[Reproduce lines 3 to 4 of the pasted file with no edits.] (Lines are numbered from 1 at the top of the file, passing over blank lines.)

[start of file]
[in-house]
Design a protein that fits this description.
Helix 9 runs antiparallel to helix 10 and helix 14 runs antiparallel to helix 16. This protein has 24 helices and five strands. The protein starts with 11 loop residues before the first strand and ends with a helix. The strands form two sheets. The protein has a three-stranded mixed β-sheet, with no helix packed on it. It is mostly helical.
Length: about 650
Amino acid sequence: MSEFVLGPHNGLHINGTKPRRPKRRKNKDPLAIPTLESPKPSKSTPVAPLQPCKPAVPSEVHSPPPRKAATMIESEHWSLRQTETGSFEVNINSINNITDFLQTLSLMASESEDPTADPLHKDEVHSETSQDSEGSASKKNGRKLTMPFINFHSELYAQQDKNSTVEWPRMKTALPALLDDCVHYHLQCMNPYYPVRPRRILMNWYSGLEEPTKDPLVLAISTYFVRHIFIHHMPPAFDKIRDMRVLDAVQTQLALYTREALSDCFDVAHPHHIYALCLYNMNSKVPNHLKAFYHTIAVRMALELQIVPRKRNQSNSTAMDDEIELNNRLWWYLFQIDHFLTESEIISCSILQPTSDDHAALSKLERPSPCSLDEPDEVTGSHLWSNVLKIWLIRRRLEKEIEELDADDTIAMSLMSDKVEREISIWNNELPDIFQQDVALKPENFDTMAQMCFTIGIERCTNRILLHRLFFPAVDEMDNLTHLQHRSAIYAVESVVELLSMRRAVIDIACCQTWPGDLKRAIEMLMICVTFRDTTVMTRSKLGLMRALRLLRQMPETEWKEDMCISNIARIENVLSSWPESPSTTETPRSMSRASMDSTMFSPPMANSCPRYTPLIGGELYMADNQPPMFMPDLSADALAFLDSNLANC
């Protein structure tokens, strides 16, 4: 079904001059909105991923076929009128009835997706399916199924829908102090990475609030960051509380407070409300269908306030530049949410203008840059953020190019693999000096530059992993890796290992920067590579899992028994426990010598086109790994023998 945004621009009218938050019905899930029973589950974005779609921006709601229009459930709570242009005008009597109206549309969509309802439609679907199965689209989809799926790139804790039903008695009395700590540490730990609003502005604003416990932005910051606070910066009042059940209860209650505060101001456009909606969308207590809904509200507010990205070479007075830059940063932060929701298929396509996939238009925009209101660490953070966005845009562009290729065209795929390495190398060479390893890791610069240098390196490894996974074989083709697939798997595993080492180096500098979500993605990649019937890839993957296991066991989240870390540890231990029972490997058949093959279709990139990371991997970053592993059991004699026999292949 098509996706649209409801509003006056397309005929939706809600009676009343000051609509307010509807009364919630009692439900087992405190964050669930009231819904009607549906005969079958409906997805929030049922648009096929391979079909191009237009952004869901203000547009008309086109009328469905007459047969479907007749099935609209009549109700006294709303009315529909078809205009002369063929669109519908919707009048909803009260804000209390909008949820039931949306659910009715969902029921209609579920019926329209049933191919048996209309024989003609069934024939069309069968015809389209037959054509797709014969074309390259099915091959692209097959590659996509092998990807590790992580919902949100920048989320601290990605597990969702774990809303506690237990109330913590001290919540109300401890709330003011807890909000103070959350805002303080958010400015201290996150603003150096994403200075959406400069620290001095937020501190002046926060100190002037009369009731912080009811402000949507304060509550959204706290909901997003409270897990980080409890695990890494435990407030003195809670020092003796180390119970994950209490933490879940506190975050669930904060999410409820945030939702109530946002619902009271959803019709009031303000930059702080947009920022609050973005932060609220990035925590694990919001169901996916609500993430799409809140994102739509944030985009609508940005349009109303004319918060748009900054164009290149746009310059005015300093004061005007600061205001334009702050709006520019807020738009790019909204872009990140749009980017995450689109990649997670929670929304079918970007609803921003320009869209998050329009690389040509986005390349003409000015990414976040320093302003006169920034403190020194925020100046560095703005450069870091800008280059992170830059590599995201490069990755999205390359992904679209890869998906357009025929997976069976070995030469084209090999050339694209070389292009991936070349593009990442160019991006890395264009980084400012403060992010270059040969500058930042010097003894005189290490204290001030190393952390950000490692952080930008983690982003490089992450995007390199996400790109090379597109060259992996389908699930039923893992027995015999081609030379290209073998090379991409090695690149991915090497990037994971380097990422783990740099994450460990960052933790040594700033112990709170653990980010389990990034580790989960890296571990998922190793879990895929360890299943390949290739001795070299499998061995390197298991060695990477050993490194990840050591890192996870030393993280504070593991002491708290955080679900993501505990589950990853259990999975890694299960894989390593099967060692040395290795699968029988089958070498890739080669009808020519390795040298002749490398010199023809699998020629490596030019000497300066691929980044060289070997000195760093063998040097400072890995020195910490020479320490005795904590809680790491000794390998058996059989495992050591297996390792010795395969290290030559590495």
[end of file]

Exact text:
Helix 9 runs antiparallel to helix 10 and helix 14 runs antiparallel to helix 16. This protein has 24 helices and five strands. The protein starts with 11 loop residues before the first strand and ends with a helix. The strands form two sheets. The protein has a three-stranded mixed β-sheet, with no helix packed on it. It is mostly helical.
Length: about 650